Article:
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Show that the set of points on a line is equinumerous

  1. Jan 31, 2005 #1
    Show that the set of points on a line is equinumerous with the set of points in space.

    If you consider R^3, then sum(x,y,z) for all ordered triples will get mapped to some real number. But what function can I make so that I can take all real numbers so that they will map to some ordered triple? All I need is 1 bijective function or two total functions ( 1 going from R^3-->R and 1 going from R--->R^3) to show that the two sets are equinumerous right?
  2. jcsd
  3. Feb 1, 2005 #2
    I don't know of any handy formula you can use, but how about just describing a mapping like this:

    Points on a line between 0 and .999999... can be represented as: [itex]0.x_1x_2x_3x_4x_5x_6x_7x_8x_9...[/itex]

    and map to points in space with coordinates (0,0,0) to (.999...,.999...,.999...): [itex](.x_1x_4x_7...,x_2x_5x_8...,x_3x_6x_9...)[/itex]

    and similarly for points 1.000000... to 1.999999... and so on
  4. Feb 1, 2005 #3
    I'm not sure of a formal proof, but I've seen an idea which says that given a real number x, form the ordered triplet (u,v,w) where u is made up of every 3rd digit of x starting with the first, v every 3rd starting with the second, and w the third.

    For example, map 123456.789101112... -> (14.711..., 25.801..., 36.912...). This does seem to show that given any point p in R3 there is some number in R which maps to p.
  5. Feb 1, 2005 #4
    Just had a thought... I'm not sure exactly how you'd go about getting negative values for two of the coordinates. If x<0 you could arbitrarily choose u,v or w to be negative, but the other two would always be positive. Of course, since {(u,v,w) : v,w>=0} will have the same cardinality as {(u,v,w)} = R3 then this may not be a problem.
  6. Feb 1, 2005 #5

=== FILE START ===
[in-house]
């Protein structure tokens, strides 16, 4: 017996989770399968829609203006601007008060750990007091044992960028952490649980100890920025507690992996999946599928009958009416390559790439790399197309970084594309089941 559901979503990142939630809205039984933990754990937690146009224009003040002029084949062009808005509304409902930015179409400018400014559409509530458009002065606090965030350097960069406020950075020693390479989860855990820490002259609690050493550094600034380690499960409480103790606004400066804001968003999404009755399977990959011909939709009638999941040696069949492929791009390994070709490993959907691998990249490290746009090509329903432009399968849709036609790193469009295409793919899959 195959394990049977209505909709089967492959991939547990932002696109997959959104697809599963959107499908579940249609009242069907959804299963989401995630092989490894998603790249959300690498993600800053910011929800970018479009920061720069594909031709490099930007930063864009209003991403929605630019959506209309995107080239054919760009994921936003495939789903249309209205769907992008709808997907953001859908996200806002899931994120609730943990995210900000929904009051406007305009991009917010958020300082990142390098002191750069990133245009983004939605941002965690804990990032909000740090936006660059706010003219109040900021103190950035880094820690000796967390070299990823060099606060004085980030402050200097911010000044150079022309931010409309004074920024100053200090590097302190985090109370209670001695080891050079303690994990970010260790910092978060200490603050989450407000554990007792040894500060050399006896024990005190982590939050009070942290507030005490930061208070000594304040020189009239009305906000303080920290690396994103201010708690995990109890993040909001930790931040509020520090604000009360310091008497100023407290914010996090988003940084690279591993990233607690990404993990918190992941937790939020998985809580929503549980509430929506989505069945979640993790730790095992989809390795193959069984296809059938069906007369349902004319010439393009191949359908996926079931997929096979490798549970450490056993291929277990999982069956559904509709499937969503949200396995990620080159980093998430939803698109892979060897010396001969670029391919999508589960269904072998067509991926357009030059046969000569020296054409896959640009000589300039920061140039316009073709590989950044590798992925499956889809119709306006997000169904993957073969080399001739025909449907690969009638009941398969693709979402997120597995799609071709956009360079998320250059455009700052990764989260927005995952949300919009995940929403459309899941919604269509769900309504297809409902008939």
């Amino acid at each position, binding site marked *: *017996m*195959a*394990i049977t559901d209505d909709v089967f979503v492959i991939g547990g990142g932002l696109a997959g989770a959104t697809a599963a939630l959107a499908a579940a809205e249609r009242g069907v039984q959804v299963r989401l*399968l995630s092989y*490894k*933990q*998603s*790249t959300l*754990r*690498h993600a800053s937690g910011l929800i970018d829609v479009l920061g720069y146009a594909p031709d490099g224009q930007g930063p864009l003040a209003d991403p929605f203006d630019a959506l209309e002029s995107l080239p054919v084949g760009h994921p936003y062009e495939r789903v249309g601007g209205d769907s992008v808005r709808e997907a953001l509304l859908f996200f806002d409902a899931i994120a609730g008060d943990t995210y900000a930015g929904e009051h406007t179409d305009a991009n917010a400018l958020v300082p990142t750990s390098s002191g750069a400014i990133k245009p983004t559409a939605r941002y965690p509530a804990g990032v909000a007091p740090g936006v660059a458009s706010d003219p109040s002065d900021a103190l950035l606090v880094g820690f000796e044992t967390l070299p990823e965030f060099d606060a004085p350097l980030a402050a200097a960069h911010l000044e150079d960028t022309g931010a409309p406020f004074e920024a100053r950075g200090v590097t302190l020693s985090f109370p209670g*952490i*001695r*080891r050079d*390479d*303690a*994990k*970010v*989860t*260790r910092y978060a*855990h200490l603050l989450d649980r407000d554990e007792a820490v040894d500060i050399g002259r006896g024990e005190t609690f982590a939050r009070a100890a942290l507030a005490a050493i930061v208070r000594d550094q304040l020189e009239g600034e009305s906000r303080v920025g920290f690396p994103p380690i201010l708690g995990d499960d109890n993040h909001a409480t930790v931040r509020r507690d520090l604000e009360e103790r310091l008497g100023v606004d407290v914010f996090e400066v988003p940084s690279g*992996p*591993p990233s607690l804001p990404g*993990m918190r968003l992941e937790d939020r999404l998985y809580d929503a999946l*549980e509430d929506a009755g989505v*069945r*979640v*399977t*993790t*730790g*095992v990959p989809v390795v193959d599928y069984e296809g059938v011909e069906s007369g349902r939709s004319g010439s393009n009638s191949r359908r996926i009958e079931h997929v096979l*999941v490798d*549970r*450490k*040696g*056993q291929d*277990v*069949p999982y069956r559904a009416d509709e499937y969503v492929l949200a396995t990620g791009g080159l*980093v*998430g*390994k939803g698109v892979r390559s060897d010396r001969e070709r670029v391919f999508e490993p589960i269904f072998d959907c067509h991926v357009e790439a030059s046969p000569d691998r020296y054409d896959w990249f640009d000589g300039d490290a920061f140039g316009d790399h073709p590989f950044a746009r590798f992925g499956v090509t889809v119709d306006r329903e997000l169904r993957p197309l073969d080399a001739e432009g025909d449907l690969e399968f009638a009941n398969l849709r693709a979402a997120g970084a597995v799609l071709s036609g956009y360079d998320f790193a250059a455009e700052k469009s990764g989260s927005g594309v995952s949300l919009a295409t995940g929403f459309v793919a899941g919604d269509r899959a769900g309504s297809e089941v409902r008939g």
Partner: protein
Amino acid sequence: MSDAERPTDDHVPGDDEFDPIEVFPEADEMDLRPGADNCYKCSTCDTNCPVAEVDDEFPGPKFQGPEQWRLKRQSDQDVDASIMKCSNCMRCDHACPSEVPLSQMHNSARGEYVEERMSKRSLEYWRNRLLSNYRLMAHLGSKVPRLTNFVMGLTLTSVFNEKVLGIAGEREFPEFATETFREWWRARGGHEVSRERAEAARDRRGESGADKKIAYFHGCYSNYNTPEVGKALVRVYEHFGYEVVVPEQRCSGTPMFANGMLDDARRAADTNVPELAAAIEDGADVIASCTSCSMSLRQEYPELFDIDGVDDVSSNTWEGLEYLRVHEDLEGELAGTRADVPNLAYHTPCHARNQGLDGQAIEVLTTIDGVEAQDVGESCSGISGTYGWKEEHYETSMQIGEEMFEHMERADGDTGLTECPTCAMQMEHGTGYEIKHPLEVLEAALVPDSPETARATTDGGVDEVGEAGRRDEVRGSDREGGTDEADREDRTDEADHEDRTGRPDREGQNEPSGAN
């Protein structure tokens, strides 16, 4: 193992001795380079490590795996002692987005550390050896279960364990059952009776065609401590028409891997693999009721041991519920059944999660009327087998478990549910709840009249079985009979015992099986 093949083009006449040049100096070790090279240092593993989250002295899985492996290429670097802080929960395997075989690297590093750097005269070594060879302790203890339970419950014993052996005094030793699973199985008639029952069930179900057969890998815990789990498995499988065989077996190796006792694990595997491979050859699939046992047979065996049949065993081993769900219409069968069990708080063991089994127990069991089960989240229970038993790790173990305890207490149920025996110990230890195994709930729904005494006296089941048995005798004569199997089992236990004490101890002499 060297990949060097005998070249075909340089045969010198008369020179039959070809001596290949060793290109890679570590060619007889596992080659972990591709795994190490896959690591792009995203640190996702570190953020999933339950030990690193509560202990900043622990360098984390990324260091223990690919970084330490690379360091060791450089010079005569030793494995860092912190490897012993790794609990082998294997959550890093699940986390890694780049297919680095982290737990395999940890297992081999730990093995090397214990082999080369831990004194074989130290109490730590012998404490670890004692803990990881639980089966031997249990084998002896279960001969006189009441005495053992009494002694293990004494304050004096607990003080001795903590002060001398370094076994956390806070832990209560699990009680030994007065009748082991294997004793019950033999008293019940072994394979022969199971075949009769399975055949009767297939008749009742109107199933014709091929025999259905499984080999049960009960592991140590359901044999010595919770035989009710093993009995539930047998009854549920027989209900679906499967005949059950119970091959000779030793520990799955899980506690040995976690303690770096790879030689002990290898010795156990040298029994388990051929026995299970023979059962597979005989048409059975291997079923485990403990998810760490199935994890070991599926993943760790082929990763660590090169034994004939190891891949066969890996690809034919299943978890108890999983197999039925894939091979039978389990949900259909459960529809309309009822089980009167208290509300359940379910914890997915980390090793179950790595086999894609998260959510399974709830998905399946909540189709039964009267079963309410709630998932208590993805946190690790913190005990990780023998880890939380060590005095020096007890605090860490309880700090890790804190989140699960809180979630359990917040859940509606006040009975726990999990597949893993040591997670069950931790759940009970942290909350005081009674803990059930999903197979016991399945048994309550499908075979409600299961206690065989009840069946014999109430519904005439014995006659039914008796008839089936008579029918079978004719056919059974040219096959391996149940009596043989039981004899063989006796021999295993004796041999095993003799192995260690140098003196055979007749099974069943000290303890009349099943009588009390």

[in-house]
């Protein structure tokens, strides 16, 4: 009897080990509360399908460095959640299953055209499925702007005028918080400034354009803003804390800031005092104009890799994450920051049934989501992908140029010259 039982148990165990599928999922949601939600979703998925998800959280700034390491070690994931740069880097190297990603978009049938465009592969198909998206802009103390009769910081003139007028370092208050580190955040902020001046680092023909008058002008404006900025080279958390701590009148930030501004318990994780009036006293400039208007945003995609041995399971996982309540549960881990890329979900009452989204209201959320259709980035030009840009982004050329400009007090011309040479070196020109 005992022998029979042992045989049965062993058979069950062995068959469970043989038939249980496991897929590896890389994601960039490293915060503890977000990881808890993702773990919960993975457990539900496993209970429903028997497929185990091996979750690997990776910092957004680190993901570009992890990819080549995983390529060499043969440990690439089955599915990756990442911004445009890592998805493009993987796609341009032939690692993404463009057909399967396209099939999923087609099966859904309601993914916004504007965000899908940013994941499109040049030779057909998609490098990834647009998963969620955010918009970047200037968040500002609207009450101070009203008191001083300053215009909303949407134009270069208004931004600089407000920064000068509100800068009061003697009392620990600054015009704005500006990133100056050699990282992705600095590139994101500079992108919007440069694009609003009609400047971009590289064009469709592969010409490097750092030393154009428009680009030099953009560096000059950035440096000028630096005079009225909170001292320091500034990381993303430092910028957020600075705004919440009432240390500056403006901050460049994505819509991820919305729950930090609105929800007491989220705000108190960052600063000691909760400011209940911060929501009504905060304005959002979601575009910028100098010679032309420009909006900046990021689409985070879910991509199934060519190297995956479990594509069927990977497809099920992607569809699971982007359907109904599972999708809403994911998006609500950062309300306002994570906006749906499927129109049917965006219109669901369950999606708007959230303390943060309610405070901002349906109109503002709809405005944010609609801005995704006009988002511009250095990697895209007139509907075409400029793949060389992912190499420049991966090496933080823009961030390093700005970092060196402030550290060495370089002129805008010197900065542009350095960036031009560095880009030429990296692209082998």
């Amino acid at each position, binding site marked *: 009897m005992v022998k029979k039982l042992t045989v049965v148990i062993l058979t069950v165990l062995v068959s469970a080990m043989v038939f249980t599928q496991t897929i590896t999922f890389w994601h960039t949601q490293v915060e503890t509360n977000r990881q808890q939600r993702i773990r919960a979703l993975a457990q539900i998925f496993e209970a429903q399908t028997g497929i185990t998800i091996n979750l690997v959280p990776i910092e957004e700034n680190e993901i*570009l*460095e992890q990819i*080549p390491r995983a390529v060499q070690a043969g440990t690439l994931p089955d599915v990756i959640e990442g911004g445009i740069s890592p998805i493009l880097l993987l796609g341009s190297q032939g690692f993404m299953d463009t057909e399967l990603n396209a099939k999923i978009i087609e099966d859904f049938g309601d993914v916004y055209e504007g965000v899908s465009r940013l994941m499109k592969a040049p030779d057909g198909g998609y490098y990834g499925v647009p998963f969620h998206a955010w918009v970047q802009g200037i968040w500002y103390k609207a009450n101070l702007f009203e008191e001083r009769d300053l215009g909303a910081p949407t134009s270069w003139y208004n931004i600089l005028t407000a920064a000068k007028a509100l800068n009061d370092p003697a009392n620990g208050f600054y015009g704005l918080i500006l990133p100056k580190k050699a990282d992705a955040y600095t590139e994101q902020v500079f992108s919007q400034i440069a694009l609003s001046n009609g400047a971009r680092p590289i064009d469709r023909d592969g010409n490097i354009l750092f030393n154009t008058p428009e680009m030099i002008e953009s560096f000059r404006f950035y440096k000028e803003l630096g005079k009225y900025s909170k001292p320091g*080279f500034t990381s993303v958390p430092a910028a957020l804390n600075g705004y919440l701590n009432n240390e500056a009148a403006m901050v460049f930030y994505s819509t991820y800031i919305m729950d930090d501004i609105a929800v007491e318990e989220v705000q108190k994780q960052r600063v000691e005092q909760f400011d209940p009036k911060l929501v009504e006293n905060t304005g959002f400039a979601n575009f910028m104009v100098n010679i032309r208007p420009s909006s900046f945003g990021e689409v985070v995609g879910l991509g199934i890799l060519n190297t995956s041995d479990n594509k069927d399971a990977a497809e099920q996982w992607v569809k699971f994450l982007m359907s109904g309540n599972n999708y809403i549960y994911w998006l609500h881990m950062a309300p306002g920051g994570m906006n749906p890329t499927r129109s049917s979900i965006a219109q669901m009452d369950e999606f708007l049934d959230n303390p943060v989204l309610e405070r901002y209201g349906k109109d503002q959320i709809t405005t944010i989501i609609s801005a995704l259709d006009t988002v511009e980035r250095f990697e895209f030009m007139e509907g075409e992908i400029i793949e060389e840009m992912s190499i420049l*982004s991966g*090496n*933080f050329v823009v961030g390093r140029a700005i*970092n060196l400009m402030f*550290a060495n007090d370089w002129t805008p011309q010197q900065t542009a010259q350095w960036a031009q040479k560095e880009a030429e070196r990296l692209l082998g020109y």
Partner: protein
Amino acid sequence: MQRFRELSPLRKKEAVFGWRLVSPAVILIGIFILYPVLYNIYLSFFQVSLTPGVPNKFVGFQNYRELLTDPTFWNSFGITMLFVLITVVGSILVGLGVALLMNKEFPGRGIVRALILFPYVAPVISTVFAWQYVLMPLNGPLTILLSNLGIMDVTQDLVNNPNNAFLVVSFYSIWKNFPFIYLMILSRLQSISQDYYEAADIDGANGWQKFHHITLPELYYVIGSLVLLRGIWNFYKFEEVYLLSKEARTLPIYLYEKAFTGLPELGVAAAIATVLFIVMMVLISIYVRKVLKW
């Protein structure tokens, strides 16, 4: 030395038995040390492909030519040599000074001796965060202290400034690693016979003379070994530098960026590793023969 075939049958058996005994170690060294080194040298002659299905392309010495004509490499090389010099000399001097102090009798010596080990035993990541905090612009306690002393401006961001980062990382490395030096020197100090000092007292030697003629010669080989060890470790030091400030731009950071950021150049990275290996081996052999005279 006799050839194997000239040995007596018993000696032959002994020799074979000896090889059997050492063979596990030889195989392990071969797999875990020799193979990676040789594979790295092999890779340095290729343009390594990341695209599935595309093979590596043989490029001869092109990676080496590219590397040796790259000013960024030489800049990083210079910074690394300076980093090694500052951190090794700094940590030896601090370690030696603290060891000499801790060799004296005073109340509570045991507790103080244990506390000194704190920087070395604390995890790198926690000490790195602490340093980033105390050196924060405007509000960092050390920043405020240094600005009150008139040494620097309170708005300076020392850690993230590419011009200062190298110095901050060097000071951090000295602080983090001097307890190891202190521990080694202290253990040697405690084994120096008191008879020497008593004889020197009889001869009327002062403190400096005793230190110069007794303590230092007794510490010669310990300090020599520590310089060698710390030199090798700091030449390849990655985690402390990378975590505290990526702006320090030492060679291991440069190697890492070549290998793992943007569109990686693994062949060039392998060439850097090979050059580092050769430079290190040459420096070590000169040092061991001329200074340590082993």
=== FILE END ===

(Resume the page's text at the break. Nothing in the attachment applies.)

matt grime

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    Firstly since card(R^3)=>card(R), as one is a subset of the other, it suffices only to show that there is an injection from R^3 to R.

    Your original idea will not work, indeed there can be no such nice function, since that would be contintuous, and for various reasons that isn't going to happen. You need to look at the ideas given above for sending representations of triples of real numbers to representations of real numbers.
  7. Feb 1, 2005 #6
    Thanks for all the help. I understand it very clearly now. This math logic class is going to be good, Godel's proof here we come!
  8. Apr 9, 2005 #7

    Sorry to bring this up again, but this problem came up again in a different class and i was pointed out something I never thought of before. If we use this method then say for the real number 0.999999999999999..........

    would get mapped to (0.99999999........, 0.9999999999999999...........)

    However 0.9999......... is actually equal to 1. But if we take 1.0000000 then that would get mapped to (1.00000000000, 0.000000000000) which is completely different than what one would get with 0.9999....... even though .99999......=1.000000000 thus the function wouldn't be 1-1 right?

    Is there a way around this problem?
    Last edited: Apr 9, 2005
  9. Apr 9, 2005 #8


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    Well, obviously, you're not going to evaluate the function at 0.9999... and at 1.000... you'll just pick one (yes, they represent the same number, but they are different decimal expansions). And that means you have to stipulate which decimal expansion will be chosen in the case where there are multiple possibilities (and by multiple possibilites, I mean 2, and this occurs if and only if the number has a terminating decimal expansion, and thus can also be expressed as a decimal with repeating 9's at the end).

    By the way, the problem you mention wouldn't prevent it from being 1-1, it would prevent it from being a function altogether (since it would map 1 to (1,1,1) and (1,0,0)). Once you stipulate that you'll only use the terminating decimal expansion when given the choice (or the repeating 9 expansion, either one, it doesn't matter), it becomes a function, and obviously, a 1-1 function.
    Last edited: Apr 9, 2005
  10. Apr 9, 2005 #9
    That simple enough, thanks AKG
  11. Apr 9, 2005 #10
    I just thought of another problem with this though. Say we stipulate that we will only use the decimal expansions such as .999999......... instead of 1.000000..... and 1.999.... instead of 2 etc. so .99999....... maps to (.999999......, .99999999)
    What Real number ,however, maps to the point in the plane (1.0000000....,0.000000) then if I am trying to create a bijective function from the reals to the pts. in the Real plane?
  12. Apr 9, 2005 #11

    matt grime

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    Why don'#t you stipluate othe restrictions about the representations of the coordinates of the plane
  13. Apr 9, 2005 #12


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    gravenewworld, try:

  14. Apr 11, 2005 #13
    duh, I'm such an idiot for not thinking of that. I have been pulling too many all nighters recently
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